Cognitive processing therapy for PTSD helps people understand how trauma changed the ways they think and feel and learn new ways to think about what happened. It specifically focuses on reducing negative thinking and self-blame. CPT is a structured treatment protocol that lasts for 12 weeks and includes weekly 60- to 90-minute sessions, writing exercises and homework.

Prolonged Exposure Therapy

Prolonged exposure therapy (PET) is another trauma-focused psychotherapy recommended by the VA for people with PTSD.  Prolonged exposure therapy for PTSD involves gradual exposure to memories, thoughts and emotions related to the trauma.

Behavioral interventions, including relaxation techniques, are used to help patients as they practice imaginal exposure, which involves placing themselves mentally in the places and situations they have avoided since the trauma. Clients also practice in vivo exposure, or gradual exposure to the real-life scenarios they previously avoided. PET usually takes eight to 15 weeks of 60- to 90-minute weekly sessions to complete.

Eye Movement Desensitization and Reprocessing

Eye movement desensitization and reprocessing (EMDR) is also a VA-approved trauma-focused therapy. This unique form of gradual exposure therapy provides tools for coping with traumatic stimuli.

In EMDR sessions, people focus on memories, feelings, thoughts and bodily sensations related to the trauma they experienced while paying attention to alternating visual or auditory signals. This helps the brain reprocess the trauma and become less reactive to it. EMDR has been shown to be effective for PTSD and other trauma-related conditions and usually requires one to three months of 50- to 90-minute sessions.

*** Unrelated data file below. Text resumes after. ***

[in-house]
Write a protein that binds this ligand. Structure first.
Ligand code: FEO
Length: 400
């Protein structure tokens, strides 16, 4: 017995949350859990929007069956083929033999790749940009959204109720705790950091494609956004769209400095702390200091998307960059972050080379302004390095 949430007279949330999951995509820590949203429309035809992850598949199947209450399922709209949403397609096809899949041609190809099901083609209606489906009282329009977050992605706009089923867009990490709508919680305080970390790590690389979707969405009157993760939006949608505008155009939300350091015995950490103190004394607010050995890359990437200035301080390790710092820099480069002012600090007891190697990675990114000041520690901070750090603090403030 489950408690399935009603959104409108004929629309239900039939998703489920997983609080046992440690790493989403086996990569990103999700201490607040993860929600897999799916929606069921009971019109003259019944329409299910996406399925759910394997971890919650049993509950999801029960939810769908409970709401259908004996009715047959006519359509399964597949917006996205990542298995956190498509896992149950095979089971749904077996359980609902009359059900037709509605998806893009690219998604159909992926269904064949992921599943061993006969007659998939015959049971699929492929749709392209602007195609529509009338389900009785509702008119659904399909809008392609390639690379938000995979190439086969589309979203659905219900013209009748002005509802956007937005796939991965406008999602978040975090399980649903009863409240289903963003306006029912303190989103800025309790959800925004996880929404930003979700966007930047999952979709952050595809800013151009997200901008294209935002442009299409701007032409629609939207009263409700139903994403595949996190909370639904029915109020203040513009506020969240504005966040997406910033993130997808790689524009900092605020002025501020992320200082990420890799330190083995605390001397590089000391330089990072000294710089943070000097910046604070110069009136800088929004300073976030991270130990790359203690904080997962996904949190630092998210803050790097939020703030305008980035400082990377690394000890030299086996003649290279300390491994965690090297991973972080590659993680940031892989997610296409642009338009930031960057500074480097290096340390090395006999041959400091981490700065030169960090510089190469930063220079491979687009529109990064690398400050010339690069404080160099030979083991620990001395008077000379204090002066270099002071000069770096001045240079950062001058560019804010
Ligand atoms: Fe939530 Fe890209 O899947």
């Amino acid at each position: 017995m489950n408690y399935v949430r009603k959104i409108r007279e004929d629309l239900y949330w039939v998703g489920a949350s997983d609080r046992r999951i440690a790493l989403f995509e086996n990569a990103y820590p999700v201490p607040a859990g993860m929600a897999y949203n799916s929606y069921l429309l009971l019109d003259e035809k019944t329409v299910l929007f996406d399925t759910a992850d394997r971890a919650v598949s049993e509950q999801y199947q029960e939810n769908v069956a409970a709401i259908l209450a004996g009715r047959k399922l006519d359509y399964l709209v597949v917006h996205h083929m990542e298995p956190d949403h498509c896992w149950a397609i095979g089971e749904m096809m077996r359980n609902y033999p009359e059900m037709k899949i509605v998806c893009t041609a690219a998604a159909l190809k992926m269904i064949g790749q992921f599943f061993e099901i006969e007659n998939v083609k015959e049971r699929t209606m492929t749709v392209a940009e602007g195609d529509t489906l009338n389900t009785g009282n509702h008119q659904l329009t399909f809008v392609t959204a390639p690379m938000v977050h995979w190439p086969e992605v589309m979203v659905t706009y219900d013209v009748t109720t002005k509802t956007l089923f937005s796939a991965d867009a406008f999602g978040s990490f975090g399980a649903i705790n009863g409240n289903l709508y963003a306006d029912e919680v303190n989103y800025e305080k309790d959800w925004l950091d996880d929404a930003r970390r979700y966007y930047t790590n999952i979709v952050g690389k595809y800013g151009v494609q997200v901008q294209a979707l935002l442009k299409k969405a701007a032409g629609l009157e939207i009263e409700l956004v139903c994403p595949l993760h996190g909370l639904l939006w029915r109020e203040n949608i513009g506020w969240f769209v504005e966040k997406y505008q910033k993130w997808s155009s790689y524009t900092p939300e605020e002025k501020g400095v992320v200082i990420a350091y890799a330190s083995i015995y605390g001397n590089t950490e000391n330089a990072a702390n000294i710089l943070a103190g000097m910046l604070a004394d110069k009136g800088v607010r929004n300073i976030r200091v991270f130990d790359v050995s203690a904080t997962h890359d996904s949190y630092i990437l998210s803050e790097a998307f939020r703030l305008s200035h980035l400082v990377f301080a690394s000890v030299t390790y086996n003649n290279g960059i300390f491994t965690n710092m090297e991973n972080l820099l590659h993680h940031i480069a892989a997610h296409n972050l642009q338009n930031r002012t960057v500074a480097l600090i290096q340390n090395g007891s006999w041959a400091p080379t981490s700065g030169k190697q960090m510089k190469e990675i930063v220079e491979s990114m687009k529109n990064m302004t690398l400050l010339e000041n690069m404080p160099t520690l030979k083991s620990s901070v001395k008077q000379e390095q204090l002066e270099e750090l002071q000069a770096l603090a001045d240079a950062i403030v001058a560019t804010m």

Cognitive Behavioral Therapy

Cognitive behavioral therapy (CBT) is one of the most thoroughly studied psychotherapies and is an effective and evidence-based intervention for a wide range of mental health conditions. In CBT, people examine their thoughts and identify irrational or distorted beliefs that exacerbate negative emotions and behavior. By challenging and reframing their thinking, people can empower themselves to engage with life in more positive ways.

Treatment for PTSD and Co-Occurring Conditions

All co-occurring psychiatric disorders respond best to an integrated treatment approach in which interventions are provided by a group of professionals who communicate regularly and coordinate services, often through the same organization or program.